By Donald N. Jensen, for CEPA

Nikolay Patrushev, head of the Russian Security Council, warns that the use of foreign data technology by state structures could cause infrastructure servicing the state to one day be blocked from the outside. Speaking 16 August in the city of Ryazan, he said “the omnipresent use of foreign information technologies and telecommunication hardware creates prerequisites for information leaks and lowers the level of information security to the point of risking stoppages in technological processes and remote blocking of infrastructure which services the state.”

Patrushev noted that while in the past, major world powers demonstrated their technical superiority to their adversaries, now competition in this sphere has been transformed into “massive and systematic influence with predetermined destructive objectives.” An example of this influence was the massive WannaCry ransomware cyber attack on the information resources of the Russian Federation and other nations in May and June of this year.

Patrushev has warned before about the increasing threat of cyber attacks against Russia. In February, he stated that the main goal of these attacks was to disrupt hardware—including the networks that service the Russian segment of the internet—and to obtain classified information through clandestine deployment of various means of computer surveillance. At that time, he also said Russian state entities and companies had been hit more than 52 million times by cyber attacks in 2016—three times more than the previous year. Also in February, Patrushev said at a regional conference that Russian security agencies have evidence that foreign secret services have intensified their efforts to destabilize Russia. He also outlined threats such as radical and xenophobic groups, radical propaganda on the internet and the growth of xenophobia among the younger generation.

Patrushev is a key member of Vladimir Putin’s security community, which helps the Russian president conceive, shape and execute foreign policy decisions. The group’s worldview presents international relations in terms of a never-ending struggle for dominance and influence among a few powerful countries. Its animus against the United States—which the Kremlin regards as its chief adversary—runs deep. Analyst Tatiana Stanova pointed out in a trenchant article published 16 August, the day of Patrushev’s remarks, that this community—often called the siloviki—includes the leadership of the FSB, the National Guard, the Security Council and the Defense Ministry, including the apparatus of the Security Council and the General Staff, as well as some people in the Presidential Administration. She argues that this powerful group is responsible for the Kremlin’s information policy. It is Putin’s main source of information, and it exercises its influence in part through its informational-analytical function. Its members do not offer conceptual solutions to problems, only priorities. Their first priority is security, the definition of which seems to steadily expand.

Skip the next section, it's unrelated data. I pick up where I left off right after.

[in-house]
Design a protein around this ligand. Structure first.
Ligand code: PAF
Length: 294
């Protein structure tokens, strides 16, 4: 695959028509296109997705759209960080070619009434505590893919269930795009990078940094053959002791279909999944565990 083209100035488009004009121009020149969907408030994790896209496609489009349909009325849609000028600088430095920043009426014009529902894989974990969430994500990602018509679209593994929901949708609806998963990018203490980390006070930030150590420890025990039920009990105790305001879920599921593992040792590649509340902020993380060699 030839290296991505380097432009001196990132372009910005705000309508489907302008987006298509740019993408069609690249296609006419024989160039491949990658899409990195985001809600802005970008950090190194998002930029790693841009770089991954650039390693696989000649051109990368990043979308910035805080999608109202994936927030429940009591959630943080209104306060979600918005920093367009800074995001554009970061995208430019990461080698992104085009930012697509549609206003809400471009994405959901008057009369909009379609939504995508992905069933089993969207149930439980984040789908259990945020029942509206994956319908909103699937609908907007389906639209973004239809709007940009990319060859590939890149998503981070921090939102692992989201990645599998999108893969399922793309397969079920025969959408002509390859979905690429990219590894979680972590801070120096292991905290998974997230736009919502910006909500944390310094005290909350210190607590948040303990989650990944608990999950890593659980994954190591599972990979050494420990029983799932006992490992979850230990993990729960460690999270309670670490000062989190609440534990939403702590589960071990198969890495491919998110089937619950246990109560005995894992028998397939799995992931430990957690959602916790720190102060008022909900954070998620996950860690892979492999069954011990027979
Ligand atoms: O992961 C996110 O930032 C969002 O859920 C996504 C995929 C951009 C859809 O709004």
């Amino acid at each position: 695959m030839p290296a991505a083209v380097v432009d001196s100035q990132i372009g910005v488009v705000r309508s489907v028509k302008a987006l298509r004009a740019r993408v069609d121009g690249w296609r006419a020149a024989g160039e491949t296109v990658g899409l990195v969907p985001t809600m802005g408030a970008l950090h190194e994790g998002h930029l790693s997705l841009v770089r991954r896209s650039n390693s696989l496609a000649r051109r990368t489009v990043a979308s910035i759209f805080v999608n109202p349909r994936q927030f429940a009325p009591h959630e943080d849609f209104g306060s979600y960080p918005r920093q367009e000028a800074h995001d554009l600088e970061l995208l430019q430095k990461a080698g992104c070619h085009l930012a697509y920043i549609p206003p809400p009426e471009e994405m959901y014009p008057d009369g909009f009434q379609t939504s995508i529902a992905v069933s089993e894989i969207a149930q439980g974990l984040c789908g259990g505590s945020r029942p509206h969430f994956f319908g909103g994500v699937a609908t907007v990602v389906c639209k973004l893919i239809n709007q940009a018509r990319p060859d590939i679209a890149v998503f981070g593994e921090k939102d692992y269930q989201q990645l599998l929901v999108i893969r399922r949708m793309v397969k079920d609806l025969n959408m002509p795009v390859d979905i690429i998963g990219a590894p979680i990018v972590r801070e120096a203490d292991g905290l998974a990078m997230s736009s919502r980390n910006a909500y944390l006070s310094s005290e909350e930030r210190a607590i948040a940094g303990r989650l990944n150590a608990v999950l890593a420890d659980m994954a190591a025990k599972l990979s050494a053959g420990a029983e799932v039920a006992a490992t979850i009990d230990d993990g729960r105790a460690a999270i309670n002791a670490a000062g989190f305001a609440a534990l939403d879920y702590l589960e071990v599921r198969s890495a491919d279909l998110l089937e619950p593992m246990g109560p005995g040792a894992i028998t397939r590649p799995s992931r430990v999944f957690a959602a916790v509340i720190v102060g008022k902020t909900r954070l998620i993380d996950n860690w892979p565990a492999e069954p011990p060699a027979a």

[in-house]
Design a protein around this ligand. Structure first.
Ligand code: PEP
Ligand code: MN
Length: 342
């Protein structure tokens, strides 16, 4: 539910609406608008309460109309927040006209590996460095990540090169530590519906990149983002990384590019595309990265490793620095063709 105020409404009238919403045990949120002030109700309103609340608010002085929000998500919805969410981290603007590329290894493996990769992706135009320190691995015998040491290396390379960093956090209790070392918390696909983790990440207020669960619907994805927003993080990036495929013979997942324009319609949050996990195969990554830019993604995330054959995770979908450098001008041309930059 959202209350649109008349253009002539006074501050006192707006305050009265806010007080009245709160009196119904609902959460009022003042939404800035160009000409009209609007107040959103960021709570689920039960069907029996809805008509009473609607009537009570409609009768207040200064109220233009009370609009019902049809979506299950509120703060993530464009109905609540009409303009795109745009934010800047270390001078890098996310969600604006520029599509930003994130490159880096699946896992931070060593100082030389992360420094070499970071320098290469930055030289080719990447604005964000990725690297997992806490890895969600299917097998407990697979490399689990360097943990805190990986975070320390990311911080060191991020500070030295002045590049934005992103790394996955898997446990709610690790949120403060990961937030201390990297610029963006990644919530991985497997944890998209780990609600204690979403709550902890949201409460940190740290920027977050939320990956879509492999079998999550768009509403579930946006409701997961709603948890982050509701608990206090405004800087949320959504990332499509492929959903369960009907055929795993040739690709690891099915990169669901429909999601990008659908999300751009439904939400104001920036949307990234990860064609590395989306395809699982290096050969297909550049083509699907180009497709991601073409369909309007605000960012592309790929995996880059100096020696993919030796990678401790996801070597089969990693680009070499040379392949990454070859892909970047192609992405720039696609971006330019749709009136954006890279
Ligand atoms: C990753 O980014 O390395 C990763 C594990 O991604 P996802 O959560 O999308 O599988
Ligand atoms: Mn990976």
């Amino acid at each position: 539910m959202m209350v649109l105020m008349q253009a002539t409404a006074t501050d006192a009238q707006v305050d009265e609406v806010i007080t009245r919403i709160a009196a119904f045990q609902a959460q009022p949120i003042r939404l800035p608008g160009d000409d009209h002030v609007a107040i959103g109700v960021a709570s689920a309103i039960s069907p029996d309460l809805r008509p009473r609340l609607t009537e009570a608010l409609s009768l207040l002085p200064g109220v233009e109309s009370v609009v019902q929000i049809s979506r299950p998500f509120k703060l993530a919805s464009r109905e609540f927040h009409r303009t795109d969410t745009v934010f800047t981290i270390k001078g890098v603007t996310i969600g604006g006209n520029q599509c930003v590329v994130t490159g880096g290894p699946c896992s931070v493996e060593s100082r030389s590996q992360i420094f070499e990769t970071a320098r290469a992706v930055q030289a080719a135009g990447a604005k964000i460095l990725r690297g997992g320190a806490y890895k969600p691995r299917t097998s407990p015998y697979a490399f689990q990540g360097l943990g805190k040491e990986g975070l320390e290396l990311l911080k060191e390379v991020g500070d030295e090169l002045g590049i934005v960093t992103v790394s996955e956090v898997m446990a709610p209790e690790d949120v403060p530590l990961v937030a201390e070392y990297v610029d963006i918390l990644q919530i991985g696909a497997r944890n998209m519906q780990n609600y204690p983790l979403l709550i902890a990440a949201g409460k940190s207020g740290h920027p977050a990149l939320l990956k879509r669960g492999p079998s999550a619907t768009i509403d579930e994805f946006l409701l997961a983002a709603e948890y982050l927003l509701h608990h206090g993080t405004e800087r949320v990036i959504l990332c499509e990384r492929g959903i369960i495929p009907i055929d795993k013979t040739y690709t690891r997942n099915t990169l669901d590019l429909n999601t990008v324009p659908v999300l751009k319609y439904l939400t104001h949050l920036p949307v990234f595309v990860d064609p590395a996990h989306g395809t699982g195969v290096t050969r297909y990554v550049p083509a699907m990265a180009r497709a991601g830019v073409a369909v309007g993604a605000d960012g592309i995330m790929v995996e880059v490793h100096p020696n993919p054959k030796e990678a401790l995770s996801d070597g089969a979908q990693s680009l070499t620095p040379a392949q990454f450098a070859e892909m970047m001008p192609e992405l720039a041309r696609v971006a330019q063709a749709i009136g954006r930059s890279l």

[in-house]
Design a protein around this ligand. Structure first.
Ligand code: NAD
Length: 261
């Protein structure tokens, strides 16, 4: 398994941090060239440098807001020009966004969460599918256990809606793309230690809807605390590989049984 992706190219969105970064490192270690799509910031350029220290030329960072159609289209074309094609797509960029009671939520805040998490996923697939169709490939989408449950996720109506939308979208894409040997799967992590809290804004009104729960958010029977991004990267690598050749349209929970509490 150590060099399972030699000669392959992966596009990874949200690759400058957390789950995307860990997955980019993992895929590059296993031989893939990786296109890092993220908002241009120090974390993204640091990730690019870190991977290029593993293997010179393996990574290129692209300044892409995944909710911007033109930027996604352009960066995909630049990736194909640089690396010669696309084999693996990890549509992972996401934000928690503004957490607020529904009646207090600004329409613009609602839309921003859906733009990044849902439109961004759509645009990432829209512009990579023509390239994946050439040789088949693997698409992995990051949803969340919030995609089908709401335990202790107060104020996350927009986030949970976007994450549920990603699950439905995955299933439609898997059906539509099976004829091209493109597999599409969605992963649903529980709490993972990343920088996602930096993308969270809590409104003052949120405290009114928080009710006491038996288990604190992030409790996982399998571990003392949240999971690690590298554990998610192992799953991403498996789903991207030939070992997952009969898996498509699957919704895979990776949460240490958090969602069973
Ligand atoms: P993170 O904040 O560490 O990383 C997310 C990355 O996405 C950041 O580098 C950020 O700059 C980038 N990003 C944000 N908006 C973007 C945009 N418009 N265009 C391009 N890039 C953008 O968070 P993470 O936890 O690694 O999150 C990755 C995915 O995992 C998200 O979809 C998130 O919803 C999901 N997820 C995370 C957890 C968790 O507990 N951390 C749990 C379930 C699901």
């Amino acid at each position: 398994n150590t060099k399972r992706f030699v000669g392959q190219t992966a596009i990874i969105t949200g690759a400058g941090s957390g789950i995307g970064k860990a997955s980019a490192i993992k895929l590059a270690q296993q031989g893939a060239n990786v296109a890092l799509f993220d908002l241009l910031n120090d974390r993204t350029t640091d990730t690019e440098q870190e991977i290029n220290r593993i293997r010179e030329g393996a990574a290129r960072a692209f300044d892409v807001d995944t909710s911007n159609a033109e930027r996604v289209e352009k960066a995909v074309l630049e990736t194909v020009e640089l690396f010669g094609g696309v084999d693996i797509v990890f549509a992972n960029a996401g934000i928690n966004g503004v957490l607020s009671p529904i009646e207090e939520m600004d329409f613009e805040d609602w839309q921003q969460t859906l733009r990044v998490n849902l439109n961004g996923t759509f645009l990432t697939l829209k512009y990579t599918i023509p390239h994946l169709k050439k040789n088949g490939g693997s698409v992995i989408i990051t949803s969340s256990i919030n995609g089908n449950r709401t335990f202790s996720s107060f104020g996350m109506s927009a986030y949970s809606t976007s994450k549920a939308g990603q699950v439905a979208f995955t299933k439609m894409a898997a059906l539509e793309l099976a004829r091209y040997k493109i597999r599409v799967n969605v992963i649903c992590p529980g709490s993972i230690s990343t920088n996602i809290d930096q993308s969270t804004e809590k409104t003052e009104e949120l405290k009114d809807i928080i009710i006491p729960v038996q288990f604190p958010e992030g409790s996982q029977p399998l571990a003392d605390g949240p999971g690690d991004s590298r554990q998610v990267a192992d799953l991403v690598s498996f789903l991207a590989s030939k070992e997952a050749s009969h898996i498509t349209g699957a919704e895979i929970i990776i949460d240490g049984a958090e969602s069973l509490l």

Having entered information warfare with the West in the wake of the Ukraine crisis, Russia has massively stepped up its activities in the field, both domestically and abroad. Information operations are generally considered unrestricted, according to Dmitry Trenin of the Carnegie Moscow Center, and are conducted with no holds barred. Internationally, Russian propaganda seeks to highlight and exploit problems and conflicts in the adversarial camp, undermining the confidence of Western peoples in democracy and U.S. leadership. Domestically, information warfare focuses on mobilizing popular support by presenting Russia as a country under attack from the West for standing up for Russian national interests. The widespread concern in the West about Russian information operations suggest that the Kremlin has had some success in achieving its first objective, though there have been setbacks.

Convincing the Russian people that their country is under attack has been more problematic. A public opinion survey on Russia’s foreign policy priorities released this week by the respected Levada Center found that about half of Russians said that ensuring a “peaceful and secure existence” for Russia is most important (59 percent); 49 percent favored restoring Russia as a great power without whose voice critical issues cannot be solved. However, these results have barely changed in the past year and in the latter case are significantly lower than a decade ago. Just as in 2016, there is relatively little backing for “expanding the boundaries of Russia’s influence in the world (14 percent compared to 13 percent in 2016, but down from 21 percent in 2007). Support for maintaining friendly relations with “the most developed countries”—presumably including the United States, is almost twice as high (27 percent in 2017) as for enlarging Russia’s global role.

By Donald N. Jensen, for CEPA